Tuesday 15 September 2020

Michelle Rodriguez Demanded A Female Screenwriter On ‘F9’: ‘Guys Get Excited About Their Own Stories’

The “Fast & Furious” franchise will be releasing yet another installment in 2021 – “F9.” The difference from the previous eight installments: a female screenwriter was brought on board at the request of actress Michelle Rodriguez.
Speaking on SiriusXM’s “The Jess Cagle Show” last week, Rodriguez said that she was willing to walk away from her role as Letty Ortiz if filmmakers did not bring on a female screenwriter to give the franchise’s female characters the depth that their male counterparts have enjoyed.
“A lot of my necessity to have a female writer was just really more about candor,” she said, as reported by The Hollywood Reporter (THR), adding that male writers prefer “a one dimensionalized” female character.
Rodriguez further explained her position on the matter during an interview with Jessica Shaw on SiriusXM’s “EW Live,” saying that men often forget female characters after getting excited about their own stories.
“Guys get excited about their own stories. So it’s almost like a forgetfulness,” she said. “And so it’s just kind of like having to remind them gently from the sidelines for years that you exist, you know? And that you’re loud and that you’re hardcore and that you won’t take shit from anybody.”
“All the (male writers) are focused on the guys, period. It’s just an egoist natural thing,” she said. “People just care about themselves usually, or people who look like them or act like them or have the same genitalia, I don’t know. It’s just how it works.”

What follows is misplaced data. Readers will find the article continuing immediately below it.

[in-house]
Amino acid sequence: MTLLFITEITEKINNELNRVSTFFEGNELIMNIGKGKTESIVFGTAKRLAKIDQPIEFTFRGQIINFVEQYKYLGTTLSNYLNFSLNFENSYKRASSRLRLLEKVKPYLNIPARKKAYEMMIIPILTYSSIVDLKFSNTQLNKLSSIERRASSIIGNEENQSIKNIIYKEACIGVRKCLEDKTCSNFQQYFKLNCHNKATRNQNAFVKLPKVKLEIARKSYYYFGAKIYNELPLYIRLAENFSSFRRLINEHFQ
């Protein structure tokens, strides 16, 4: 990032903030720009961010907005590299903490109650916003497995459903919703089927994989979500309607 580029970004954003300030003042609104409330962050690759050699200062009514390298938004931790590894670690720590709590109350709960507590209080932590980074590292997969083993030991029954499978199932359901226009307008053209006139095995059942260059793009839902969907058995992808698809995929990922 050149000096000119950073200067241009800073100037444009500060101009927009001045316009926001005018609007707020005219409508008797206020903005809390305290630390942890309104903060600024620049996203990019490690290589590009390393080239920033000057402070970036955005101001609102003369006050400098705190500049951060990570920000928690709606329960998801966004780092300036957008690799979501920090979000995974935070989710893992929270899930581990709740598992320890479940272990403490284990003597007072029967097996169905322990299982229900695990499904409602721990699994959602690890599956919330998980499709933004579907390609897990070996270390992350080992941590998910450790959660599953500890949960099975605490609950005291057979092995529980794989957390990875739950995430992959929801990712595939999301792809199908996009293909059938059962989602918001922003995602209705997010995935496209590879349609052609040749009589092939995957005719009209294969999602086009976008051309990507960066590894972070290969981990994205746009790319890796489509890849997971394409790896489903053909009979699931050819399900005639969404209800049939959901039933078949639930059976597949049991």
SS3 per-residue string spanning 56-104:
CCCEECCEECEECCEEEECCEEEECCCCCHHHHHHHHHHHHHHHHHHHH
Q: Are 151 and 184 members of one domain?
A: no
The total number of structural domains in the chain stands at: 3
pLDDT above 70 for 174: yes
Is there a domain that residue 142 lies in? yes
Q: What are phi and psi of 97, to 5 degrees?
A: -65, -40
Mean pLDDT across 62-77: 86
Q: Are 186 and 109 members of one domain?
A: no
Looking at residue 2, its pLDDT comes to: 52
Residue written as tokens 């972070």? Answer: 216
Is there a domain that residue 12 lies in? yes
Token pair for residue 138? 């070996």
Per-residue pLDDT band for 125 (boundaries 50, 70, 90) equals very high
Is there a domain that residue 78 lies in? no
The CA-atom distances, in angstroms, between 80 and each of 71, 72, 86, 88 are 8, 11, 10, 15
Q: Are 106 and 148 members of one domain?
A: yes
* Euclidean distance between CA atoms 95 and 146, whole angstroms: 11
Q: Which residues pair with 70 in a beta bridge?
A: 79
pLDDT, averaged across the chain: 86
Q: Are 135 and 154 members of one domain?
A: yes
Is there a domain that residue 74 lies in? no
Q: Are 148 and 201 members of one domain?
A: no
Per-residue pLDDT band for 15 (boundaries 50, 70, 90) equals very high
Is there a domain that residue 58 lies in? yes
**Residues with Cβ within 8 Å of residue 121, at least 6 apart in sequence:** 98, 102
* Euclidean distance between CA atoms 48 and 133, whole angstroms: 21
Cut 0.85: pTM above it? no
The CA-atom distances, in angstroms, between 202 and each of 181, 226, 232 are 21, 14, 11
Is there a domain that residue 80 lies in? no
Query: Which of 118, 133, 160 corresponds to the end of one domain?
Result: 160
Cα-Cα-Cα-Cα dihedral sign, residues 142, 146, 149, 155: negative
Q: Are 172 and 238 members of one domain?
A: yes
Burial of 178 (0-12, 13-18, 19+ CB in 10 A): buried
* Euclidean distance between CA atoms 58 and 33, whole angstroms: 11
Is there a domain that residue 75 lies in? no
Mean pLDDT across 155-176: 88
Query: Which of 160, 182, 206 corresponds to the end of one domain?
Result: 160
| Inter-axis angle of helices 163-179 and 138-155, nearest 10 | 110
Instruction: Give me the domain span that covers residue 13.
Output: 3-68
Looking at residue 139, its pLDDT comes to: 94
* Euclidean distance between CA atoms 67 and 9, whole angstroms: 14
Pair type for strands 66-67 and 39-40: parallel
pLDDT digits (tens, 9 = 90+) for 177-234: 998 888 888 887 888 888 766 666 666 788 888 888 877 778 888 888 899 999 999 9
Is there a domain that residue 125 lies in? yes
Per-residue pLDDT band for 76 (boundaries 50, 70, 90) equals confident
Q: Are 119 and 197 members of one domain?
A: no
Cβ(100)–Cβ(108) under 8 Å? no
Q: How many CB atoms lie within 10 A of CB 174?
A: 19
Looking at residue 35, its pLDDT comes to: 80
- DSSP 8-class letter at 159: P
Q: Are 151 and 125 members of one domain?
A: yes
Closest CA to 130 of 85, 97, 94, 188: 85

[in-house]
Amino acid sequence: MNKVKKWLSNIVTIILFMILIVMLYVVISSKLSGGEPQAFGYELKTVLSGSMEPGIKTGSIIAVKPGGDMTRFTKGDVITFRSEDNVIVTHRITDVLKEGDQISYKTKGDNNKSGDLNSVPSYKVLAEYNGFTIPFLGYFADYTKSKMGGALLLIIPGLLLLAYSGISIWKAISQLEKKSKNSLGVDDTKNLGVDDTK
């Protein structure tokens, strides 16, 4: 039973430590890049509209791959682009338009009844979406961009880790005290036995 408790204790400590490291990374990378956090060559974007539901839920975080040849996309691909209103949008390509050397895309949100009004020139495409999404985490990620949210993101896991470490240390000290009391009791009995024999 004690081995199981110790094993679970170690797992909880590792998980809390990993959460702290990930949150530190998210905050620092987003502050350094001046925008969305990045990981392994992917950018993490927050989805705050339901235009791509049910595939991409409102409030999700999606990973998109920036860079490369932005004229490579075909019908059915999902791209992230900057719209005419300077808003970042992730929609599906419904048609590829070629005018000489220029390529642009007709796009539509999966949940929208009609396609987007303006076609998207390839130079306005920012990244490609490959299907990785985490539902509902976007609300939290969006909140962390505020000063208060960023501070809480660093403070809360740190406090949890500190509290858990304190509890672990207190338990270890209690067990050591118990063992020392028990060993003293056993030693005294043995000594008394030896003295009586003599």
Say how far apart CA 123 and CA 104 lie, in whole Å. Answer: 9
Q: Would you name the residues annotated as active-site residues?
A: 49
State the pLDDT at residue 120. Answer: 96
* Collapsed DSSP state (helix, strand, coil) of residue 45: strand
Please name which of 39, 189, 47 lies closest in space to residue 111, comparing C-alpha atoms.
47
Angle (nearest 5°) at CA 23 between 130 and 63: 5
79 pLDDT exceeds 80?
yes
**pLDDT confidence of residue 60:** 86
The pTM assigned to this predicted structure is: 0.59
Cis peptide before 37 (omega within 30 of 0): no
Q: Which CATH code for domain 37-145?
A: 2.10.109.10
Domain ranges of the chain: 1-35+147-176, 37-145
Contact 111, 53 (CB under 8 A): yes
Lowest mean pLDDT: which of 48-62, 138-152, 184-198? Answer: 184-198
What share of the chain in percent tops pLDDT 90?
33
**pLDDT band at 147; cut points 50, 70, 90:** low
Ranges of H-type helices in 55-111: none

Though screenwriter Daniel Casey is credited for having penned the script for “F9,” multiple (usually uncredited) writers help hammer out the final draft for big-budget studio franchise productions. Rodriguez hinted that the female writer is an “African-American woman” who worked on HBO’s “Westworld.”
“She’s a freaking awesome African American woman who just gets it, she’s down to earth, she’s urban,” Rodriguez told Jess Cagle. “You got to also understand the multicultural aspect of it. It’s hard to have a guy from Beverly Hills who maybe sometimes hangs out or listens to hip hop and thinks that he may know what that kind of, you know, rapport is between street kids.”
Actress Charlize Theron, who plays Cipher in the “Fast & Furious” franchise, recently lamented about the alleged sexism she has experienced as a heroine in the action genre since starring in “The Italian Job.”
“I was the only woman with a bunch of guys, and I remember vividly getting the schedule in our preproduction and they had scheduled me for six weeks more car training than any of the guys,” she said on the “Evolution of a Bada**s” panel during Comic-Con@Home. “It was just so insulting, but it was also the thing that put a real fire under my a** and I was like, ‘All right, you guys want to play this game? Let’s go,’” she continued. “I made it a point to out-drive all of those guys. I vividly remember Mark Wahlberg, halfway through one of our training sessions, pulling over and throwing up because he was so nauseous from doing 360s.”

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